Historical medical treatments have been completely non-productive and useless to feline patients.. There is no successful medical treatment for this disease.
The inflammation can be hidden with glucocorticoids, immunosuppressants, herbs, gold salts, antibiotics, analgesics, vitamins, probiotics, local topical anesthetics, salicylate therapy, and multiple anti-inflammatory protocols. None are effective in the long term. Most, only, offer short term pain relief and discomfort quickly returns.
Three sub-groups of FS have been identified by this author. Juvenile [4 months to 18 months]; Adult onset 18 months to 10 years; and Geriatric or Late Onset [10 to 20+ years].
It must be emphasized that this author does not feel that Bartonella is the etiologic agent of FS. Azithromycin does definitely reverse some, oral inflammatory disease patients under twelve months of age that are Bartonella positive. In older Bartonella positive felines that have FS, confirmed with histopathology, treatment with Azithromycin does NOT reverse the pathology.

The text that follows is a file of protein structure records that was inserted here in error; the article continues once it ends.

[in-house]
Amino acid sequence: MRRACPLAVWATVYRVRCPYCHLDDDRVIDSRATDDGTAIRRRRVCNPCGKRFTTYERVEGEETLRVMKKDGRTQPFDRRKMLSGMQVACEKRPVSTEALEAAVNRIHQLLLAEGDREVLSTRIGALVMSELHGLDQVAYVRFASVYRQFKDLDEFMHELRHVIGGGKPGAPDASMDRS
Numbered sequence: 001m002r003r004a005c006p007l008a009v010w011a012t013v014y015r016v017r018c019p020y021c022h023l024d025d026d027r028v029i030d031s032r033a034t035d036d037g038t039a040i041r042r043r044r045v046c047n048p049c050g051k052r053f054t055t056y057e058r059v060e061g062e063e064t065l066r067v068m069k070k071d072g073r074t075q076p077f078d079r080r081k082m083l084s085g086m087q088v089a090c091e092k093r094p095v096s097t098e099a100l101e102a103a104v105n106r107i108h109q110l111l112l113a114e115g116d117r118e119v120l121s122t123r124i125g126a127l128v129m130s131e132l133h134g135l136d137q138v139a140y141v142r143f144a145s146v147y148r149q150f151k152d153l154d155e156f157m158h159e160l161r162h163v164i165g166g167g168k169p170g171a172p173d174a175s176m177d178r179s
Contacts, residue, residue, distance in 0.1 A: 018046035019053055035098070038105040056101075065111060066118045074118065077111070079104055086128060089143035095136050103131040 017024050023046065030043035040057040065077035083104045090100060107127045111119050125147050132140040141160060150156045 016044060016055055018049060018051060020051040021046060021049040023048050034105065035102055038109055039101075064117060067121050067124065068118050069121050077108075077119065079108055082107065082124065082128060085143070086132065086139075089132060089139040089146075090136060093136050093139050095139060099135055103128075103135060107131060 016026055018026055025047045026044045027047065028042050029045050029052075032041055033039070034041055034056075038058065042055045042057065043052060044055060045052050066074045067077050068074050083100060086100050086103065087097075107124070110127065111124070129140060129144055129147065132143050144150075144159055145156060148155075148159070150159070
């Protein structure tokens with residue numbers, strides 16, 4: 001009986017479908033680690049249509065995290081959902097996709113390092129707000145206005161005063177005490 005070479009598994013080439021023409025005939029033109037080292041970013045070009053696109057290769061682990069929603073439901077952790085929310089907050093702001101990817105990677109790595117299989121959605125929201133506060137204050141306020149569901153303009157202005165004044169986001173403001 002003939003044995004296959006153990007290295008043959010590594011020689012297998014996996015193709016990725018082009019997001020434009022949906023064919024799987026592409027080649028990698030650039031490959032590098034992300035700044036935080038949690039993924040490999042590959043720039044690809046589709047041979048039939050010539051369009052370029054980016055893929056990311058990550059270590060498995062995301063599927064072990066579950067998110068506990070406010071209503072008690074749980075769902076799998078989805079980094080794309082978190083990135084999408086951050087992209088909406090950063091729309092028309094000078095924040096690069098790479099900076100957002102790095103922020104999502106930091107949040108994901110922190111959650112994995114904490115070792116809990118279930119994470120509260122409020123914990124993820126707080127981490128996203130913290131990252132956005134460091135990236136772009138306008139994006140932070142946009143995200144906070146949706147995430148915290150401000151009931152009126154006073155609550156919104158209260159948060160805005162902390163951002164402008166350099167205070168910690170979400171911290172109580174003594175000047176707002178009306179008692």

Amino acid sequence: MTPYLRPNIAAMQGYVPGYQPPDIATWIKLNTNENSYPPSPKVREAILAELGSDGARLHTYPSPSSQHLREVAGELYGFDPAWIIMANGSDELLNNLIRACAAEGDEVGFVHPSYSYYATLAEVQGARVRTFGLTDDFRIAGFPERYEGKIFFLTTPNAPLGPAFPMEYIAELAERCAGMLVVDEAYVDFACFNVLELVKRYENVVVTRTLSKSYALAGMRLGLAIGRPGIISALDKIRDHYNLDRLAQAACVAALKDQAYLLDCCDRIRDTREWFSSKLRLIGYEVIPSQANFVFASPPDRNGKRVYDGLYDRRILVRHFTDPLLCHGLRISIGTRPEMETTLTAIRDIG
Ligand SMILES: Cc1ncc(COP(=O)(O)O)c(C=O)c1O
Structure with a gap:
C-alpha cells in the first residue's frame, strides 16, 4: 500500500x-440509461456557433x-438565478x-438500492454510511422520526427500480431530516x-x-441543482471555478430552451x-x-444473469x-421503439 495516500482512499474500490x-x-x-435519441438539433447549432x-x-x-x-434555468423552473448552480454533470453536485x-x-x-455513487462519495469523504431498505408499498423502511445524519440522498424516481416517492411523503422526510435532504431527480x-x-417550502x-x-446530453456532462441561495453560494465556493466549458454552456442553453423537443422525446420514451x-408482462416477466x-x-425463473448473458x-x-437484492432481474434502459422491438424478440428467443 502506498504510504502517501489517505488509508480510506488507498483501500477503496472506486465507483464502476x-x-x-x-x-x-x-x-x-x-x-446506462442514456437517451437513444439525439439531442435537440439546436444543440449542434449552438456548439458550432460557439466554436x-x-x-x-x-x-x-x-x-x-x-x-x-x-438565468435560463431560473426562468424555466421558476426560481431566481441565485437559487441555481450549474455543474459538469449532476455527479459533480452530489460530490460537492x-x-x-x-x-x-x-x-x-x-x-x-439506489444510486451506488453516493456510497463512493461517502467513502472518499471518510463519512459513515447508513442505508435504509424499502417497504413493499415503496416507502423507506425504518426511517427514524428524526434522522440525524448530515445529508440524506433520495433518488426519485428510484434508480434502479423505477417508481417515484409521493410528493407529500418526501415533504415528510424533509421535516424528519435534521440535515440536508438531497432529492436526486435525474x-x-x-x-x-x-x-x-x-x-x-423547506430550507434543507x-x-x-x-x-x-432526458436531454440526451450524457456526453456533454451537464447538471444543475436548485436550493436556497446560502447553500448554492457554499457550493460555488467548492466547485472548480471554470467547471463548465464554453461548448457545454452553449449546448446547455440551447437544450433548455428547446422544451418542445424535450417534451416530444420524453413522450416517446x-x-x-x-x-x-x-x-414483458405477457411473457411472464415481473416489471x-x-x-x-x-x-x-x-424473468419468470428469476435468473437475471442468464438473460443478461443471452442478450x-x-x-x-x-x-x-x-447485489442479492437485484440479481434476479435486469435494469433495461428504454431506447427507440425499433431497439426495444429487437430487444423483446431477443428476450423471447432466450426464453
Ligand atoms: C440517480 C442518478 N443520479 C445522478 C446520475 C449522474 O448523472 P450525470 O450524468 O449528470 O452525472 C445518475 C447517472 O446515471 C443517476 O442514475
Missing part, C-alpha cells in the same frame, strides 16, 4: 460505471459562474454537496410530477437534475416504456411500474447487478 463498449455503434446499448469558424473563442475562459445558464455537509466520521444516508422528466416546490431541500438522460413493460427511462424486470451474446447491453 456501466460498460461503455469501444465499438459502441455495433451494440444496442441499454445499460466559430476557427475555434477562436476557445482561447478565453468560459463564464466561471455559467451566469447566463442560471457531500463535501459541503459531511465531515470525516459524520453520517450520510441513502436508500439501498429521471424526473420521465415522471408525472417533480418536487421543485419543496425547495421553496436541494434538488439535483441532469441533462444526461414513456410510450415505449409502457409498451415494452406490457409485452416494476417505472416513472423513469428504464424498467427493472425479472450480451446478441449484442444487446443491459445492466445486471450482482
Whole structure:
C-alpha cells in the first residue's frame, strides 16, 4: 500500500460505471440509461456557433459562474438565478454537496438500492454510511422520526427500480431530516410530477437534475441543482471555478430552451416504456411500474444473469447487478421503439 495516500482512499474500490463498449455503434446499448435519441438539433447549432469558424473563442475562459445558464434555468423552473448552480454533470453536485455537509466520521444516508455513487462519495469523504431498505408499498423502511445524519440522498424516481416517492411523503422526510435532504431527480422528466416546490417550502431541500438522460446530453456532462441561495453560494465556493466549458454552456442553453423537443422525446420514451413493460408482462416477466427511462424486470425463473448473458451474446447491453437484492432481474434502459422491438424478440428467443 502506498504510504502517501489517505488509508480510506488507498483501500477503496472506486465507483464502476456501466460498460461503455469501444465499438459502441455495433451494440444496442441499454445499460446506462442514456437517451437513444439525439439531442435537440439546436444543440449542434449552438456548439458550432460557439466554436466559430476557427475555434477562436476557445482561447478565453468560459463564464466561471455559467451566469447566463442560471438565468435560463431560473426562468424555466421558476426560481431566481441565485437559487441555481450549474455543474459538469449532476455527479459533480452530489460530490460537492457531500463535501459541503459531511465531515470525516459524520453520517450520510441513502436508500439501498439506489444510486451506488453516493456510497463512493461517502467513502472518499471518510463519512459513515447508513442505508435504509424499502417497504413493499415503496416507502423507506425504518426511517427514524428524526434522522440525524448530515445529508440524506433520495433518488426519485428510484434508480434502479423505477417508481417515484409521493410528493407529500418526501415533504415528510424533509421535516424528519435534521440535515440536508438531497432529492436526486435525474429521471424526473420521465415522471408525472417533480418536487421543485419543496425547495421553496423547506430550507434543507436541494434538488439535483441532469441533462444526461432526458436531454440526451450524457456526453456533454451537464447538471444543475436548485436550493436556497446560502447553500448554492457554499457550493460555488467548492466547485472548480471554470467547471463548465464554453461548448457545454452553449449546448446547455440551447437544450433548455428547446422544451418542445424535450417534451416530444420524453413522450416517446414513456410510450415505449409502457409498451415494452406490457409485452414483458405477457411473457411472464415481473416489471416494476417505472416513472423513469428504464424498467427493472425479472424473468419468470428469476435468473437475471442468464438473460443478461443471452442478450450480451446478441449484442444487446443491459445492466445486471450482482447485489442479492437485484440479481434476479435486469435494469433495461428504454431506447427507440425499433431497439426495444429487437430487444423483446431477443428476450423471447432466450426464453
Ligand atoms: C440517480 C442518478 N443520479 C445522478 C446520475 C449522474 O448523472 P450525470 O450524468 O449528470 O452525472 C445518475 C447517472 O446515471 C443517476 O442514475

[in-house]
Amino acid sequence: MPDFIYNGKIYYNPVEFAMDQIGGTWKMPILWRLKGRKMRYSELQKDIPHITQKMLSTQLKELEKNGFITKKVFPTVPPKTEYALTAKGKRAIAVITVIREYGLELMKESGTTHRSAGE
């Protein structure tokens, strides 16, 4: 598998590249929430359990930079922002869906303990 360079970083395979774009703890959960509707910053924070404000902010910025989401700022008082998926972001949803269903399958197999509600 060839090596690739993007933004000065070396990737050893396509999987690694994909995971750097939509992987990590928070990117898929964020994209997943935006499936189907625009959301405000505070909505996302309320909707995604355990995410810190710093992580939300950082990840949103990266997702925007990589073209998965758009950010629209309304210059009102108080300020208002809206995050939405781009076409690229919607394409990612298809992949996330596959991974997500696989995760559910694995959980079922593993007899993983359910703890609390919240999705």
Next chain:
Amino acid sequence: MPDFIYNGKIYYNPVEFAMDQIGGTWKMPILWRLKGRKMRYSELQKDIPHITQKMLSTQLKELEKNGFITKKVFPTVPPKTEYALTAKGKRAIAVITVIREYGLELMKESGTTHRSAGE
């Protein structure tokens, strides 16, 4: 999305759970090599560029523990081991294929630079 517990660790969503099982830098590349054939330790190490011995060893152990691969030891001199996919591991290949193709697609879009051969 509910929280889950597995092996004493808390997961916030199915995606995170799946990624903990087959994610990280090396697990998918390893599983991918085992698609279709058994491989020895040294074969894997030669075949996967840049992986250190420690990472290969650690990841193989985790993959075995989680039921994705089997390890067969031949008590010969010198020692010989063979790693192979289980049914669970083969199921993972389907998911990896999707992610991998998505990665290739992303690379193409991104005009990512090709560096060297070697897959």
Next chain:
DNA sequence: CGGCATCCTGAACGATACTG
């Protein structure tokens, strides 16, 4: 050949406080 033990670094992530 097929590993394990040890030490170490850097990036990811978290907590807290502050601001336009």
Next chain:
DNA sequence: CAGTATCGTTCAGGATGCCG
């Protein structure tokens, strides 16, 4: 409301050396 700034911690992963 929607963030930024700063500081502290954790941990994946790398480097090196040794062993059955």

The main characteristics of all age groups are advanced oral inflammation and severe pain. No veterinarian should rely on corticosteroids and antibiotics as the treatment protocol for these felines. It is non-productive, does not help the patient in the long-term, and most importantly can predispose the patient to systemic pathology.
This author sees many cases of FS that have been treated for years with corticosteroid therapy with adrenal disease, liver disease, kidney disease, and transient diabetes. Others present with septic oral pathology that has been influenced by the immune system being suppressed by glucocorticoids.
Diagnosis of FS: